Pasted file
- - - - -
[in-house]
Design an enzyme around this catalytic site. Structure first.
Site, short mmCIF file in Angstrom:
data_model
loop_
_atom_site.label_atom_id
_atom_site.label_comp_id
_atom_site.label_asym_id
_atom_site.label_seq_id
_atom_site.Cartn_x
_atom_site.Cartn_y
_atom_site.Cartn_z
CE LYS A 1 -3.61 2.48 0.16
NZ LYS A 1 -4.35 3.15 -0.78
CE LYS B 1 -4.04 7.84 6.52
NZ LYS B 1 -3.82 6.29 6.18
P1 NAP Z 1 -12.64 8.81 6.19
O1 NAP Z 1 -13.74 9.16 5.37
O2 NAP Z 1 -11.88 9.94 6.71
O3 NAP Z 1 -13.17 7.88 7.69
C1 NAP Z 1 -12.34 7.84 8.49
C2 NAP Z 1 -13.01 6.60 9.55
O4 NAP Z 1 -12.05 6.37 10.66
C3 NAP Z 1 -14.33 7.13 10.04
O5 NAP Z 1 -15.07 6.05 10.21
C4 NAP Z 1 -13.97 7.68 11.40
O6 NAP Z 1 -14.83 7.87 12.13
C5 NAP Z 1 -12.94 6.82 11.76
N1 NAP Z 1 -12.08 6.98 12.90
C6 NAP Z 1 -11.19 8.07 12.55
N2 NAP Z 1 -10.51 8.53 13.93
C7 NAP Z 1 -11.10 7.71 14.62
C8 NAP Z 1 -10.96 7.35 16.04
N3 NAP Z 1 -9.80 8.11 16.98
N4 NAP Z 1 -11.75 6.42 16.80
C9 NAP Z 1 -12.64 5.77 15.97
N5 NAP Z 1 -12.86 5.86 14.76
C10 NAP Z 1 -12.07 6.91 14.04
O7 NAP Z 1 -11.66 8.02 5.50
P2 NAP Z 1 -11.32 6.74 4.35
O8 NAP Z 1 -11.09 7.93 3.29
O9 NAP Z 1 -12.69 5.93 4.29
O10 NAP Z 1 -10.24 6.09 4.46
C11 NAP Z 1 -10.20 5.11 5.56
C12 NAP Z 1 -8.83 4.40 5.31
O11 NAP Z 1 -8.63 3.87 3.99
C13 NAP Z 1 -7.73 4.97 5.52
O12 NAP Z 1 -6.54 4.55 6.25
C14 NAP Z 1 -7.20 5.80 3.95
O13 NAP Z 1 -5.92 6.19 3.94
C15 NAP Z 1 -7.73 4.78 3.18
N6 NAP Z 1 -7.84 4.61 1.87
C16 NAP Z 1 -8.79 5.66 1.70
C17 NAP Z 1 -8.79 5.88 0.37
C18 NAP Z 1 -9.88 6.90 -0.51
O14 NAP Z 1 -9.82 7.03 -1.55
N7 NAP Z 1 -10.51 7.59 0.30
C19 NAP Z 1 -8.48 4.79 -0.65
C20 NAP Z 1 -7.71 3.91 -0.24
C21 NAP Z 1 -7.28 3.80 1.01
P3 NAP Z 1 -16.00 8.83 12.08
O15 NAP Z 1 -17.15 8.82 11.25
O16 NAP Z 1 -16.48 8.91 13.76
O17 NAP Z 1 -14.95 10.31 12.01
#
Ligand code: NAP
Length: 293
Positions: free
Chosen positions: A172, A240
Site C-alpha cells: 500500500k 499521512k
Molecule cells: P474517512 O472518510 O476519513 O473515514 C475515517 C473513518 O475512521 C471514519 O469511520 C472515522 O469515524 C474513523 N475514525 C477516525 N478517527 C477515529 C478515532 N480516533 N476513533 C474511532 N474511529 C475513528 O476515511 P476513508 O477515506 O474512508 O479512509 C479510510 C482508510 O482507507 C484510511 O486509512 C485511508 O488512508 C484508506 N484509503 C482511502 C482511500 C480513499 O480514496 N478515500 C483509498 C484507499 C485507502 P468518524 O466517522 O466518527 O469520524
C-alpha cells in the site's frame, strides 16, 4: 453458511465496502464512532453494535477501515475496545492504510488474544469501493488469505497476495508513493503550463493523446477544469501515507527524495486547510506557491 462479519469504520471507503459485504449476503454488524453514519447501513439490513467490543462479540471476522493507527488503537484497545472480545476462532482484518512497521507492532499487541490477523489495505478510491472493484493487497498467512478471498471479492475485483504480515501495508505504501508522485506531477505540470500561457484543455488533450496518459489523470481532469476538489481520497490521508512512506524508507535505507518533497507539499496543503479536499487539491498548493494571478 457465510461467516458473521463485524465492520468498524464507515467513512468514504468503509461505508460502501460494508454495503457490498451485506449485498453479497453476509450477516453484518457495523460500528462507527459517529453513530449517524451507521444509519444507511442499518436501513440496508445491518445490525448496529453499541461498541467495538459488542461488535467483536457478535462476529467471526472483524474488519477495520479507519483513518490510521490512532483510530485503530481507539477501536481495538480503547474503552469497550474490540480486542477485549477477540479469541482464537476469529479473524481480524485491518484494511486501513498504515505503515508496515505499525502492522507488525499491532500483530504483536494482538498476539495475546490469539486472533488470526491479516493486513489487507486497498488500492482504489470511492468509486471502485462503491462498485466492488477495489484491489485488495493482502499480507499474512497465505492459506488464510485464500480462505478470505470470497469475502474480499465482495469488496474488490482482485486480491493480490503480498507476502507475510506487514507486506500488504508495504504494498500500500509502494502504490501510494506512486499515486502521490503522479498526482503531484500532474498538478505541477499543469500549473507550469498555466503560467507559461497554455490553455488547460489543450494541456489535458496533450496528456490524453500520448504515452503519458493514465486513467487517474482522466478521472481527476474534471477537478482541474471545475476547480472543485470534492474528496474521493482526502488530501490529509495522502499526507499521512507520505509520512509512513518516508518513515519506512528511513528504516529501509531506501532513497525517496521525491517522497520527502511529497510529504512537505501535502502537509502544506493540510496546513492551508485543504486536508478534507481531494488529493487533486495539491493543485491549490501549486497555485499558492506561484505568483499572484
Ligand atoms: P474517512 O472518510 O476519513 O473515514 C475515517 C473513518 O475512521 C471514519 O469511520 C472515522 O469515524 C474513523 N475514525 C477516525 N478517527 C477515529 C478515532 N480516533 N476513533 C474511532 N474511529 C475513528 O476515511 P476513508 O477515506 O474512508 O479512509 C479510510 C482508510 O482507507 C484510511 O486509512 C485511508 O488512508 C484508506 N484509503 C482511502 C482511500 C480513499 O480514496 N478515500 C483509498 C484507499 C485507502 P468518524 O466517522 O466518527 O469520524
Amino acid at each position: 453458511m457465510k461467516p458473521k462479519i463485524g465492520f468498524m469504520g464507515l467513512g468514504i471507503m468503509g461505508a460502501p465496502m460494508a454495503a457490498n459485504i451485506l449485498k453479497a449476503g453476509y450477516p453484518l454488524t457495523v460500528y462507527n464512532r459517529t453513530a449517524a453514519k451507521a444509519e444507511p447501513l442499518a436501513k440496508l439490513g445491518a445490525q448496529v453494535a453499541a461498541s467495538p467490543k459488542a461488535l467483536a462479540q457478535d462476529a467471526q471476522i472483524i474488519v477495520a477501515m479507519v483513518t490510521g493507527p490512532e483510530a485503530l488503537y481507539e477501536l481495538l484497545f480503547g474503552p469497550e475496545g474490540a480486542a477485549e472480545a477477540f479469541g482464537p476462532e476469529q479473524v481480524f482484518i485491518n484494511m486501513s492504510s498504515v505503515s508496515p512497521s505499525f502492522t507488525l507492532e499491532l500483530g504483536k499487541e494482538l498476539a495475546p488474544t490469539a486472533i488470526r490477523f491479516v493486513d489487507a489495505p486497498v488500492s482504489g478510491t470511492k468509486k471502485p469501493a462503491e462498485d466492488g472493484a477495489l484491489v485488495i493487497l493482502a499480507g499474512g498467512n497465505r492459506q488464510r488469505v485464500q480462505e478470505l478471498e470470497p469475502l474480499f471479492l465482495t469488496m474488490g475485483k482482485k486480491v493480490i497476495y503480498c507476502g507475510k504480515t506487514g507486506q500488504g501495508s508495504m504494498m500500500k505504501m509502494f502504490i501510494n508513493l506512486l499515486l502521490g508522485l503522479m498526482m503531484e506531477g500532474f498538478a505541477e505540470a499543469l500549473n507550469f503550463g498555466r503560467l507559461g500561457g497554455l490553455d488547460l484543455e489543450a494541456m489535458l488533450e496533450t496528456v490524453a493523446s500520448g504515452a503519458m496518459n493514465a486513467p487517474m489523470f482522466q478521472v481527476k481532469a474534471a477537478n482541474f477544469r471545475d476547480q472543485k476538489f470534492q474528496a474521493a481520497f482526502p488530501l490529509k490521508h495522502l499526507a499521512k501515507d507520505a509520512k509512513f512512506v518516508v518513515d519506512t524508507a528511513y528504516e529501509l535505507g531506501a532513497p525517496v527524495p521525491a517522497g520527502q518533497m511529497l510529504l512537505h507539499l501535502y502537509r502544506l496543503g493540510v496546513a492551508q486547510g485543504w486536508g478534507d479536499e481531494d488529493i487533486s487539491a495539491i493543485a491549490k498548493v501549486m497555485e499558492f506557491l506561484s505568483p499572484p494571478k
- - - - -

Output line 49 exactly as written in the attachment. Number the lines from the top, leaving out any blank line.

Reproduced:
C14 NAP Z 1 -7.20 5.80 3.95